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Lessons for Living Longer

This book not only gives us a list of practical tips for living long and well but it also describes the way people live in four of the world’s Blue Zones: Sardinia, Italy; Okinawa, Japan; Loma Linda, California and the Nicoya Peninsula in Costa Rica. These areas are known for their concentrations of some of the world’s longest-lived people.
The origin of the term, “Blue Zones” dates back to the year 2000 when a Belgian demographer Dr. Michel Poulain was sent to verify the number of centenarians living in Sardinia. He established the Extreme Longevity Index that considered birth and death records of all centenarians born between 1880 and 1900. He singled out the municipalities that had the greatest numbers of long-lived people, and circled the area on a map with blue ink, thus giving rise to the term “Blue Zone” which was eventually adopted by demographers.
The study of the Sardinian centenarians show that environment, lifestyle and food, play a far greater role than genetics to explain their longevity. Most of them drink goat’s milk for breakfast, walk at least six miles a day and enjoy working.
Giovanni Sannai, 103, for most of his life, woke up early and spent his day in the pastures. When he was asked if he’d ever been stressed in his life, he said:
“Sometimes, but my wife was in charge of the house, and I was in charge of the field. What’s there to worry about in the field? Mostly, I’ve always tried to remember that when you get good things from life, enjoy them, because they won’t be there forever.”
Scientists have discovered that dwarf curry, a plant that grows on the slopes of the Gennargentu Mountains in Sardinia and is eaten by goats, possesses an anti-inflammatory and bactericidal substance. It represents one of the natural molecules of greatest interest as a new anti-tumor and anti- AIDS drug. One might very well wonder whether the region’s goat’s milk possesses anti-inflammatory properties because it is richer in arzanol.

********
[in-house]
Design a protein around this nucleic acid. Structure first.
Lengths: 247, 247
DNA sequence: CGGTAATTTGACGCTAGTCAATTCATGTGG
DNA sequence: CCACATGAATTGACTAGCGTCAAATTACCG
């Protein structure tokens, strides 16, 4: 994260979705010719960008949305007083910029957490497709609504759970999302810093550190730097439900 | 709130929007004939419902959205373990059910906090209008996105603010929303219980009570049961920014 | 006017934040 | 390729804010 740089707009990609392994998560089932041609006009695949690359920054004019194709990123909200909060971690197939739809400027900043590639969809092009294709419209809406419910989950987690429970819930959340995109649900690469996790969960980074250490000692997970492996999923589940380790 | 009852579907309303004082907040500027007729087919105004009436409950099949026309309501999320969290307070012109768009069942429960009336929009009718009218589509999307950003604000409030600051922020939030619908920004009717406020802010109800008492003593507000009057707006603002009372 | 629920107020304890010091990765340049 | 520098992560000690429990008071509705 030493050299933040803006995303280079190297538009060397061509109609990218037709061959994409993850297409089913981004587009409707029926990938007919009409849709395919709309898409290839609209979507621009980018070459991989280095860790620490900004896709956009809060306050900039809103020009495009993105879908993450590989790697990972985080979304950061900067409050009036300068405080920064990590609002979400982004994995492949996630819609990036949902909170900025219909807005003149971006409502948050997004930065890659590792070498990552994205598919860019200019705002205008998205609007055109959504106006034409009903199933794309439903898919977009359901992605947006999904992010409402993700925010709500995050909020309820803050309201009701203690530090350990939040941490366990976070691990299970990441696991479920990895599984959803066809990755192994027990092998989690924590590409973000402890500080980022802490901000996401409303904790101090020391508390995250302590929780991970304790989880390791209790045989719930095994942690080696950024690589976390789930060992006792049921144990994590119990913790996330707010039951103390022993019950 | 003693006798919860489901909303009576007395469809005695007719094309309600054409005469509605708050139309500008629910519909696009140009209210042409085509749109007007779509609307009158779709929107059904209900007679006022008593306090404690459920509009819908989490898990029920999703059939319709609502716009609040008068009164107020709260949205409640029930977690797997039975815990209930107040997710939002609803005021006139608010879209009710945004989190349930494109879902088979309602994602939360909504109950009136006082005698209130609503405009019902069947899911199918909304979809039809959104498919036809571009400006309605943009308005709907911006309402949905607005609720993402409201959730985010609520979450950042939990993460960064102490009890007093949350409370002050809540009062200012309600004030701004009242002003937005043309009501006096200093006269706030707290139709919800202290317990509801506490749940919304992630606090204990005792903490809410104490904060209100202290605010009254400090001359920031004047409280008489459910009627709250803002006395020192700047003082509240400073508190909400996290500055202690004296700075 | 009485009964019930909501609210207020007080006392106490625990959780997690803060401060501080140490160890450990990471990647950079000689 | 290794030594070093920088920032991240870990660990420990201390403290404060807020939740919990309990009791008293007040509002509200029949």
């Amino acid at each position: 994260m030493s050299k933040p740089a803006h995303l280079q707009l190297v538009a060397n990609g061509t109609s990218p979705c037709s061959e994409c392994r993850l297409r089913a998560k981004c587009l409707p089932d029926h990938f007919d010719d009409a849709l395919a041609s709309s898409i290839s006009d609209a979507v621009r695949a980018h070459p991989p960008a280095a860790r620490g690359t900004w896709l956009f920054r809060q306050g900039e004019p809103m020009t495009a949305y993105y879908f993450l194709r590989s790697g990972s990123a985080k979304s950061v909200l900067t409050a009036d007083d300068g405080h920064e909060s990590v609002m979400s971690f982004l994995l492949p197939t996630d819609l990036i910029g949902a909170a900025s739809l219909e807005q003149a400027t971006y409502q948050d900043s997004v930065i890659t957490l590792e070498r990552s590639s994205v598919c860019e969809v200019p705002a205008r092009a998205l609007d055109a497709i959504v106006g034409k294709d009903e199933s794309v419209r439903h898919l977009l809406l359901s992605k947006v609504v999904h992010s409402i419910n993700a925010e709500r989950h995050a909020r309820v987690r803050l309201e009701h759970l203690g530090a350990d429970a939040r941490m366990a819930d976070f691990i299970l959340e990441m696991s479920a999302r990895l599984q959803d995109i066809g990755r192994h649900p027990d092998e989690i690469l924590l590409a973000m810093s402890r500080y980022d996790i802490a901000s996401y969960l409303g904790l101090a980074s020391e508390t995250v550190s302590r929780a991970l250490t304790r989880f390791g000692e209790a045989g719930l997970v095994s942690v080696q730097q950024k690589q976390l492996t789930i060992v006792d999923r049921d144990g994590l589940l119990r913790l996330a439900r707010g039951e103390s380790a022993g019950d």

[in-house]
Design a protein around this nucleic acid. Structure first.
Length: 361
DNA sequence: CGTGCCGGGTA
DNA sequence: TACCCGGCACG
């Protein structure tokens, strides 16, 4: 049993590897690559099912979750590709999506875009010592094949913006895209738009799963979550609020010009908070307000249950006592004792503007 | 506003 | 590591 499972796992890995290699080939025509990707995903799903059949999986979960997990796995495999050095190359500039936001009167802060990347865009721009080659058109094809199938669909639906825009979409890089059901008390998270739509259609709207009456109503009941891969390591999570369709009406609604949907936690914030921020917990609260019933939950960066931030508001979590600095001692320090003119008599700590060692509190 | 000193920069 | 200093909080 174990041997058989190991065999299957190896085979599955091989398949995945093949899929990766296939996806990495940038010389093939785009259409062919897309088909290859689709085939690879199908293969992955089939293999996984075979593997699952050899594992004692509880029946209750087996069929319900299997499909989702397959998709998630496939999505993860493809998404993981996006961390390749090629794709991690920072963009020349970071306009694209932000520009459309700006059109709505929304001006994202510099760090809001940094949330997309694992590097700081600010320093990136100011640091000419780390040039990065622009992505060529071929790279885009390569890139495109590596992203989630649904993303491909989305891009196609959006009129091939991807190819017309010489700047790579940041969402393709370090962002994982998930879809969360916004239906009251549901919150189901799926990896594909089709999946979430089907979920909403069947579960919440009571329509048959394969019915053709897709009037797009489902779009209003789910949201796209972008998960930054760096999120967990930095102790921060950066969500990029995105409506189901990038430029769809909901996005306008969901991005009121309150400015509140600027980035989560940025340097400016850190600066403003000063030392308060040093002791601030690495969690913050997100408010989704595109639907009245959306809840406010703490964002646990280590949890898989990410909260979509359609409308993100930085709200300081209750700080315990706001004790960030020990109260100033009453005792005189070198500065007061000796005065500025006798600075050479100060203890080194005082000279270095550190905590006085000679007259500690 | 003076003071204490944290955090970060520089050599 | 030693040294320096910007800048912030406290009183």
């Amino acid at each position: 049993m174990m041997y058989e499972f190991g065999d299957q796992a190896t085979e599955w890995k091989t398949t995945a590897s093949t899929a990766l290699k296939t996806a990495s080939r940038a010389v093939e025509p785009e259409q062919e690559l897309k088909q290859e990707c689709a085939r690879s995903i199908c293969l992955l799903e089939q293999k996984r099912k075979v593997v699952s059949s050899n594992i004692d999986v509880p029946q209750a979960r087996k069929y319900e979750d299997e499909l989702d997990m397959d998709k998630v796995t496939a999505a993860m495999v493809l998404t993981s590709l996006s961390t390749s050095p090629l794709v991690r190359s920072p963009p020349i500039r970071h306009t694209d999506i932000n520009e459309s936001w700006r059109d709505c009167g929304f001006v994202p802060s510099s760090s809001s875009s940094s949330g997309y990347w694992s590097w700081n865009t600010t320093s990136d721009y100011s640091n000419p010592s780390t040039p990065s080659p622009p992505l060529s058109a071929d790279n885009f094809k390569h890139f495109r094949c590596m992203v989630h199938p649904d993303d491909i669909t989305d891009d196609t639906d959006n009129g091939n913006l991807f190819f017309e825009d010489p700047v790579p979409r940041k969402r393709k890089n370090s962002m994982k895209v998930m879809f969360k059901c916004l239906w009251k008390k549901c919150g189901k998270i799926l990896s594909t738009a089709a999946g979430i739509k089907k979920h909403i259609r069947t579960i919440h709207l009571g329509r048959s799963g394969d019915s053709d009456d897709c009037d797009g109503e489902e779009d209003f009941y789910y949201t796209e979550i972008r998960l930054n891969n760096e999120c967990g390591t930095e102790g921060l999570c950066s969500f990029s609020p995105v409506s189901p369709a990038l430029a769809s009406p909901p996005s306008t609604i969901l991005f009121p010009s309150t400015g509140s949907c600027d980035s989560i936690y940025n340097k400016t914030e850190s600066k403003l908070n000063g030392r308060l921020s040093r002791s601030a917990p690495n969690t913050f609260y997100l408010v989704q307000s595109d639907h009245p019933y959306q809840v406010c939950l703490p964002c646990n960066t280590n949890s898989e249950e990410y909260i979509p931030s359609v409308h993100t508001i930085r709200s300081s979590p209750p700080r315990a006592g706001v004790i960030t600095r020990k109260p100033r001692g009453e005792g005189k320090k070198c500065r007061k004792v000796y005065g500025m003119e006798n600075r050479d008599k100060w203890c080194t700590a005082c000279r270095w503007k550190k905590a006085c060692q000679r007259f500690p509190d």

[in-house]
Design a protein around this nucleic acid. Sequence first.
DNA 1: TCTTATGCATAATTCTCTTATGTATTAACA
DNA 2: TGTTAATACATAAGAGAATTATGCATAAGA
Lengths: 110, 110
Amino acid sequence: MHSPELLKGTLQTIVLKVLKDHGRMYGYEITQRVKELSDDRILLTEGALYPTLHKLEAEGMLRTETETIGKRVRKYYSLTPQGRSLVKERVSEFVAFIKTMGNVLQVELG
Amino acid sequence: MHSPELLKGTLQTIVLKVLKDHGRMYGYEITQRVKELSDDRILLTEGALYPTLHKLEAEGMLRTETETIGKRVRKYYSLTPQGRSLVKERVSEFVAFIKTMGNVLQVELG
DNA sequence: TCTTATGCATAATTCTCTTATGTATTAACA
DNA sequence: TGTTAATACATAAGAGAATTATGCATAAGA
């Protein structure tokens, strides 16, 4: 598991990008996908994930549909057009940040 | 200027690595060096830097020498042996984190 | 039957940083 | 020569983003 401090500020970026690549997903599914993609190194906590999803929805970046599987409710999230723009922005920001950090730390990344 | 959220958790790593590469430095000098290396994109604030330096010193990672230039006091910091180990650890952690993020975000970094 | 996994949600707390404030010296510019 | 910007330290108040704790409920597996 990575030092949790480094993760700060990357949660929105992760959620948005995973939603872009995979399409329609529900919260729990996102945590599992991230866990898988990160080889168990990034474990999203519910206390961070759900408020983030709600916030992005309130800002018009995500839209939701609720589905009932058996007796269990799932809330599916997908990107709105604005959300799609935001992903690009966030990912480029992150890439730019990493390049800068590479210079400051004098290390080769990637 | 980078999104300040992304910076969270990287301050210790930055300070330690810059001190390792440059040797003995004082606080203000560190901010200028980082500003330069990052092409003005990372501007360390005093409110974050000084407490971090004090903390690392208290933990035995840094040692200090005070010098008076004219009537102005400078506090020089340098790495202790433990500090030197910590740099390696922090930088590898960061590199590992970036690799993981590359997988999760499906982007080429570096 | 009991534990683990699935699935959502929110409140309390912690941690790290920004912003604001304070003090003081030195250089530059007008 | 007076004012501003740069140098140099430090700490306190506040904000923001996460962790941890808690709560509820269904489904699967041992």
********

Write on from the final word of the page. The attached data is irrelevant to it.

Besides drinking goat’s milk and eating a vegetarian diet largely based on beans, whole wheat and garden vegetables, Sardinia’s most important longevity secret lies in the unique outlook and perspective of its people. Their sense of humor helps them shed stress and diffuse feuds before they start. Moreover, their deep ties with their families has not only sheltered them from a hostile world but also gave them exceptional help and comfort in times of difficulty.
According to the author, Dan Buettner there is a connection between elders and longevity:
“Seniors who live at home are more likely to get better care and remain engaged. In Sardinia, they are expected to help with the childcare and contribute to the functioning of the household. They have strong self-esteem and a clear purpose. They love and they are loved… purpose and love are essential ingredients in all Blue Zone recipes for longevity.”
Okinawa in Japan has maintained a reputation for nurturing extreme longevity for nearly a millennium. At a 102, Kamada still gets up at 6 a.m. and works in her kitchen garden, which provides most of the vegetables (daikon, bitter melon, garlic, onion, peppers, and tomatoes) for her meals. Before every meal she takes a moment to say “hara hachi bu” which means ‘Eat until you are 80 percent full’. That’s because it takes around twenty minutes for the stomach to tell the brain it is full.
When Kamada was asked what’s the secret to living up to age 102, she replied: